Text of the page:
02/18/2018 ()

Bible Text: Genesis 9:11-12 |

“I establish my covenant with you, that never again shall all flesh be cut off by the waters of a flood, and never again shall there be a flood to destroy the earth.” God said, “This is the sign of the covenant that I make between me and you and every living creature that is with you, for all future generations.” (Genesis 9:11-12)

There’s a town in the hills of Kentucky, just off Interstate 75, between Cincinnati and Lexington known as Williamstown. It’s a depressed area that never really rebounded after the recession of 2008, but things are changing for them now. A religious organization called “Answers in Genesis” came to Williamstown with plans to build a Noah’s ark theme park.

The first phase of the park is now complete and includes an ark built to biblical proportions... that is to say – it’s the same dimensions that God told Noah to build it in the book of Genesis. So, the Williamstown ark that is 300 cubits long (about the size of 1½ football fields), 50 cubits wide and 30 cubits high.

“Answers in Genesis” built the ark because they wanted a focal point – a pulpit from which to promote their literalist theology. You see, they believe that every word of the bible is literally true. So, reading Genesis as literal history, they claim that the earth was created no more than 6,000 years ago. (To stress that point, they even included a model of a dinosaur on the ark), So school children go to this theme park and learn that Noah built an ark and collected animals of every kind over the face of the earth and together they survived the flood to repopulate the world.

Bill Nye (the science guy) accepted an invitation to visit the theme park and he called their interpretation of creation and the Noah story “disturbing.” He’s not alone. In fact, I suspect even the woodworkers who built this ark must also be skeptical of the literalist interpretation. After all, it cost over 100 million dollars and three long years for them to build the ark in Williamstown using an army of workers and the very best of modern-day equipment and tools, and what they built is an ark that doesn’t float! It would have cost many millions more to make this replica sea-worthy.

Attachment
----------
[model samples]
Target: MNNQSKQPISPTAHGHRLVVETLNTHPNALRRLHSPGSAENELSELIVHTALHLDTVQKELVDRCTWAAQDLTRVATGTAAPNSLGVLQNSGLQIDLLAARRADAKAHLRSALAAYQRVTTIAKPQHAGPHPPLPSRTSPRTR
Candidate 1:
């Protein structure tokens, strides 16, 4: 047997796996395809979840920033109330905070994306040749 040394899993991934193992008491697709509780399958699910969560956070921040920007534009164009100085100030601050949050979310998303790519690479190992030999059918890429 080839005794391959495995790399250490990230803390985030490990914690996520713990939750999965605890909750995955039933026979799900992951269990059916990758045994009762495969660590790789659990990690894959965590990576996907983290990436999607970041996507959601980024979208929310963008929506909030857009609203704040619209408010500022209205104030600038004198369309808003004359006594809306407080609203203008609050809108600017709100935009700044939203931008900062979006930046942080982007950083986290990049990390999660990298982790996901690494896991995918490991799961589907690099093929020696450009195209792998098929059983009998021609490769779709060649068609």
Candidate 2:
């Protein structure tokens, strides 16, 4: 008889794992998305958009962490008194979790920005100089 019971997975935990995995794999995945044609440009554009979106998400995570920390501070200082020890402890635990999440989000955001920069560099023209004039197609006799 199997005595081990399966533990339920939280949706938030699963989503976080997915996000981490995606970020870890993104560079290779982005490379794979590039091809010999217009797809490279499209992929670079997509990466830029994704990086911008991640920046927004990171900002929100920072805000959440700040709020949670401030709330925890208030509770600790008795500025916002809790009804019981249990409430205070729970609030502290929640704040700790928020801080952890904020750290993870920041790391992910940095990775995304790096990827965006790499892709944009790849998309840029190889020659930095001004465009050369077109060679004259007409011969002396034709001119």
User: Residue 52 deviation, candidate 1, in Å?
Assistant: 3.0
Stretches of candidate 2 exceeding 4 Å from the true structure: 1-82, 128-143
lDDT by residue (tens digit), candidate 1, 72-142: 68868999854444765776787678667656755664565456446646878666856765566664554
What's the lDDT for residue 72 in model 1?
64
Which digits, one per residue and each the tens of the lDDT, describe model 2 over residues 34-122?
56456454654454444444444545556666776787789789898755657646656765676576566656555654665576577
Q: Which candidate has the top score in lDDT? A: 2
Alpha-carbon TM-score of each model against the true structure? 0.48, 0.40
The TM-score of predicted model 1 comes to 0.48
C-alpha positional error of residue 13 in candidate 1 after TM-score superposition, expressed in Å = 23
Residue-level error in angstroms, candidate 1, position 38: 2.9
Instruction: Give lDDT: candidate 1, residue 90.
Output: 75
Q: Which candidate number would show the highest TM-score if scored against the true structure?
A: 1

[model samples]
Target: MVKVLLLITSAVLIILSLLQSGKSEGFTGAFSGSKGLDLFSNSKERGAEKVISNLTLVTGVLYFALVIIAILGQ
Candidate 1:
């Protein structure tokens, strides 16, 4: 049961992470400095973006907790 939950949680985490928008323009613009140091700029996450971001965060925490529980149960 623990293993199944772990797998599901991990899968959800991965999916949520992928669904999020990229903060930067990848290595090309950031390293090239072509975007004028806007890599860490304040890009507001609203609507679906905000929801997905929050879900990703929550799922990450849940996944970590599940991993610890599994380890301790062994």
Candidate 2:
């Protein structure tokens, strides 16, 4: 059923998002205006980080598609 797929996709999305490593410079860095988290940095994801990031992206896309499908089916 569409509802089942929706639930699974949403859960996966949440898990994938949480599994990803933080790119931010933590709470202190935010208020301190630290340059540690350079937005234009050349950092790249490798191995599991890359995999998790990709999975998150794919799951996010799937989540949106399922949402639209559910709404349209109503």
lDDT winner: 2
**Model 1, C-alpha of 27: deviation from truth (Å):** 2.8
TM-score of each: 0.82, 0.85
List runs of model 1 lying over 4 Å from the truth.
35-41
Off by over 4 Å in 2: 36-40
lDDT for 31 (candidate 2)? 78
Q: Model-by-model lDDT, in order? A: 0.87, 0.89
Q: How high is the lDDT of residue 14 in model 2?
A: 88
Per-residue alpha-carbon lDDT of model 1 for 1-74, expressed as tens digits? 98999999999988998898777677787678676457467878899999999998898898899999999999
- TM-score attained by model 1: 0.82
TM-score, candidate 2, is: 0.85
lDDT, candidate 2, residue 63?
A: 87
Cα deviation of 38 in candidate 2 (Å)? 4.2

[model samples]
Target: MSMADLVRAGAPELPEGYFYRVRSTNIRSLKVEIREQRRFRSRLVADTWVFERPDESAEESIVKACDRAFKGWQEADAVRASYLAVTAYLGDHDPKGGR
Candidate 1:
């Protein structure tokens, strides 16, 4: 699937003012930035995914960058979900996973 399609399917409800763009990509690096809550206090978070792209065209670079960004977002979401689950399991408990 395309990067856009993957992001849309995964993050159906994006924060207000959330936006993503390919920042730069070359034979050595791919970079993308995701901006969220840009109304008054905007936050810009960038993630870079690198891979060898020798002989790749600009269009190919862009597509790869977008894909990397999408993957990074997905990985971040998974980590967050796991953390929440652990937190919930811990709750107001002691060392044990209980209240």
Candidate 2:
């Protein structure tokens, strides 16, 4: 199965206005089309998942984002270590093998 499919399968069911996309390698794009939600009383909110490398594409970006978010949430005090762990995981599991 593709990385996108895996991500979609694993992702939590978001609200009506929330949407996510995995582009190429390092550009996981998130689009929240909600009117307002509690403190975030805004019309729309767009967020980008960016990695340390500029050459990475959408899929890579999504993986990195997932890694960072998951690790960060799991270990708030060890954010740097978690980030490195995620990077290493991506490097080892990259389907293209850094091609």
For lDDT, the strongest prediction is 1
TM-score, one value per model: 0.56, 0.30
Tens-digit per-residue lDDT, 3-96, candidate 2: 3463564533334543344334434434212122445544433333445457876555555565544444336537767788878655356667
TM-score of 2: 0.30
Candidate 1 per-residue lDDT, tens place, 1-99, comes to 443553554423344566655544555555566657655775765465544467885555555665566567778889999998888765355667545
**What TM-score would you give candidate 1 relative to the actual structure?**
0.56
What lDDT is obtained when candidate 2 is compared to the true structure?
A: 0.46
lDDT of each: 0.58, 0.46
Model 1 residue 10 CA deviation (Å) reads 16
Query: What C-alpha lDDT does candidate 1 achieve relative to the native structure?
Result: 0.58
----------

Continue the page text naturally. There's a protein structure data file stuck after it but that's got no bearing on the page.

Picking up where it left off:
The problem is that “Answers in Genesis” is approaching scriptures with a pre-conceived notion that everything written there must be taken literally. As a result, they do not have ears to hear the truth that the author of Genesis wishes to convey. And the mainline denominations haven’t been especially true to the text either. They have deemed this a story best suited for children. So, we’ve all learned the story of Noah from a children’s bible storybook. But, to tell this story to children you must downplay the death and destruction that God brings about to creation. There are a lot of people who die in this story and a lot of animals never make it onto the ark. So, the storybook authors tend to gloss over the reason for the destruction and focus on the heroic salvation story of Noah’s family and the animals. They too tend to lose sight of the truth proclaimed in this biblical story.

So, what is the truth of this story then? If we let the writer’s words speak for themselves, what are we told about humanity and about God? The truth about humanity is summed up in Genesis chapter 6: “The Lord saw that the wickedness of humankind was great in the earth and that every inclination of the thoughts of their hearts was only evil continually.” (Gen. 6:5) So, God called creation out of chaos but ever since then, humanity has been hell-bent on returning to chaos. That truth hardly seems surprising after a week like last week does it? One need only open a newspaper or turn on the evening news to come to that conclusion – violence, division, corruption, greed, and environmental degradation are rampant in our society. Seventeen students were killed in a school shooting in Florida this past week and that beats the old record of 14 at Columbine a few years earlier. And what hasn’t made the news is that this is the 29th mass shooting in America in 2018. It does seem that humanity is hell-bent on returning to chaos.

If we allow ourselves to steep in the darkness of this truth for very long, it’s not surprising to learn that God wanted to start over. This was not God’s plan for creation, so if mankind wants to revert to chaos then let them! So, God causes a flood to cover the earth. Actually, God doesn’t cause the flood, God simply adopts a hands-off policy and allows creation to revert to the chaos of Genesis 1:1. You see, without God’s life-giving presence in the world, creation quickly returns to its default state of chaos once more. So, the waters of chaos begin to rise from below and pour down from above... and pretty soon the only sign of life anywhere is on the ark that Noah built.